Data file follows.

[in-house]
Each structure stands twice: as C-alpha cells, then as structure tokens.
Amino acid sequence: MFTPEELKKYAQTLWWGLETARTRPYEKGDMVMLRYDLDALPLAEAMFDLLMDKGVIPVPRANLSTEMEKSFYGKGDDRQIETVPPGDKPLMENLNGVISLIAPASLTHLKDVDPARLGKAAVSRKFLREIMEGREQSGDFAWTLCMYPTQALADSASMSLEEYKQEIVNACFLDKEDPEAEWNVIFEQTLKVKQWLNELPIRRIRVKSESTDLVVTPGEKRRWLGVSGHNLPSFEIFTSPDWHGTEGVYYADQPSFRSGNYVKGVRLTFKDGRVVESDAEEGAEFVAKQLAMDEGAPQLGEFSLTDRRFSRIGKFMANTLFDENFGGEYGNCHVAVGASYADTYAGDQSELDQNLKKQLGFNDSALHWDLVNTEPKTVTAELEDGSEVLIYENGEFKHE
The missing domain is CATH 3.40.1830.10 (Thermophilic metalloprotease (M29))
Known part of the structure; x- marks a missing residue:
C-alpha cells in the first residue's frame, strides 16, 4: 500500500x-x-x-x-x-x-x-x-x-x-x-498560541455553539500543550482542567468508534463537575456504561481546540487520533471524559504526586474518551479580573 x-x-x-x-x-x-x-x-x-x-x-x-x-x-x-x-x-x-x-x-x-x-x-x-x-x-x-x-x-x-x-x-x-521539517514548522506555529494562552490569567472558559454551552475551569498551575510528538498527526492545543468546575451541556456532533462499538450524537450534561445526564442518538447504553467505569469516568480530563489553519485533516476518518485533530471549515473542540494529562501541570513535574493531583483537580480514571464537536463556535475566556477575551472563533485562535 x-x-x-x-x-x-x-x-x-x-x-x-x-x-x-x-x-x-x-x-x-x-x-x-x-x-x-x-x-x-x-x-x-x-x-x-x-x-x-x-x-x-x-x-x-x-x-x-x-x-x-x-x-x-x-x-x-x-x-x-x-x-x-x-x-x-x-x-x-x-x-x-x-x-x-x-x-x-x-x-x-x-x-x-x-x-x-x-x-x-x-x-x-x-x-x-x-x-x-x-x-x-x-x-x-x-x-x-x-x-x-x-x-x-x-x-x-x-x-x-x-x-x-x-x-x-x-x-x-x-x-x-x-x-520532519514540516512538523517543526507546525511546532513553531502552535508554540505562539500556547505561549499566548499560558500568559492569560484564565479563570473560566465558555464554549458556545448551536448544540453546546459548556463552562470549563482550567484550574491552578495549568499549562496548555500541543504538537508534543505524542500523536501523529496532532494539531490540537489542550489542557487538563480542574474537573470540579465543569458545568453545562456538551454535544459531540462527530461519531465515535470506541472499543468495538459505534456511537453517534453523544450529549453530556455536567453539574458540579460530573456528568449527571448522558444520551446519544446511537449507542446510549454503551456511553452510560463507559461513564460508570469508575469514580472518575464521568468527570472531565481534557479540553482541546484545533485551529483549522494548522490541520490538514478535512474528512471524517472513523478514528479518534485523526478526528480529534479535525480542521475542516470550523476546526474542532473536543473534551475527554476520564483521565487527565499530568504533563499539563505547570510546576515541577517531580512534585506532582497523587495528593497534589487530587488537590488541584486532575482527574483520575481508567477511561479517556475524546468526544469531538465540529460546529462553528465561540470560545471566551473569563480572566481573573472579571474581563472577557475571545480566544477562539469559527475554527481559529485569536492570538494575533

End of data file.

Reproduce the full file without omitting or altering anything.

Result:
[in-house]
Each structure stands twice: as C-alpha cells, then as structure tokens.
Amino acid sequence: MFTPEELKKYAQTLWWGLETARTRPYEKGDMVMLRYDLDALPLAEAMFDLLMDKGVIPVPRANLSTEMEKSFYGKGDDRQIETVPPGDKPLMENLNGVISLIAPASLTHLKDVDPARLGKAAVSRKFLREIMEGREQSGDFAWTLCMYPTQALADSASMSLEEYKQEIVNACFLDKEDPEAEWNVIFEQTLKVKQWLNELPIRRIRVKSESTDLVVTPGEKRRWLGVSGHNLPSFEIFTSPDWHGTEGVYYADQPSFRSGNYVKGVRLTFKDGRVVESDAEEGAEFVAKQLAMDEGAPQLGEFSLTDRRFSRIGKFMANTLFDENFGGEYGNCHVAVGASYADTYAGDQSELDQNLKKQLGFNDSALHWDLVNTEPKTVTAELEDGSEVLIYENGEFKHE
The missing domain is CATH 3.40.1830.10 (Thermophilic metalloprotease (M29))
Known part of the structure; x- marks a missing residue:
C-alpha cells in the first residue's frame, strides 16, 4: 500500500x-x-x-x-x-x-x-x-x-x-x-498560541455553539500543550482542567468508534463537575456504561481546540487520533471524559504526586474518551479580573 x-x-x-x-x-x-x-x-x-x-x-x-x-x-x-x-x-x-x-x-x-x-x-x-x-x-x-x-x-x-x-x-x-521539517514548522506555529494562552490569567472558559454551552475551569498551575510528538498527526492545543468546575451541556456532533462499538450524537450534561445526564442518538447504553467505569469516568480530563489553519485533516476518518485533530471549515473542540494529562501541570513535574493531583483537580480514571464537536463556535475566556477575551472563533485562535 x-x-x-x-x-x-x-x-x-x-x-x-x-x-x-x-x-x-x-x-x-x-x-x-x-x-x-x-x-x-x-x-x-x-x-x-x-x-x-x-x-x-x-x-x-x-x-x-x-x-x-x-x-x-x-x-x-x-x-x-x-x-x-x-x-x-x-x-x-x-x-x-x-x-x-x-x-x-x-x-x-x-x-x-x-x-x-x-x-x-x-x-x-x-x-x-x-x-x-x-x-x-x-x-x-x-x-x-x-x-x-x-x-x-x-x-x-x-x-x-x-x-x-x-x-x-x-x-x-x-x-x-x-x-520532519514540516512538523517543526507546525511546532513553531502552535508554540505562539500556547505561549499566548499560558500568559492569560484564565479563570473560566465558555464554549458556545448551536448544540453546546459548556463552562470549563482550567484550574491552578495549568499549562496548555500541543504538537508534543505524542500523536501523529496532532494539531490540537489542550489542557487538563480542574474537573470540579465543569458545568453545562456538551454535544459531540462527530461519531465515535470506541472499543468495538459505534456511537453517534453523544450529549453530556455536567453539574458540579460530573456528568449527571448522558444520551446519544446511537449507542446510549454503551456511553452510560463507559461513564460508570469508575469514580472518575464521568468527570472531565481534557479540553482541546484545533485551529483549522494548522490541520490538514478535512474528512471524517472513523478514528479518534485523526478526528480529534479535525480542521475542516470550523476546526474542532473536543473534551475527554476520564483521565487527565499530568504533563499539563505547570510546576515541577517531580512534585506532582497523587495528593497534589487530587488537590488541584486532575482527574483520575481508567477511561479517556475524546468526544469531538465540529460546529462553528465561540470560545471566551473569563480572566481573573472579571474581563472577557475571545480566544477562539469559527475554527481559529485569536492570538494575533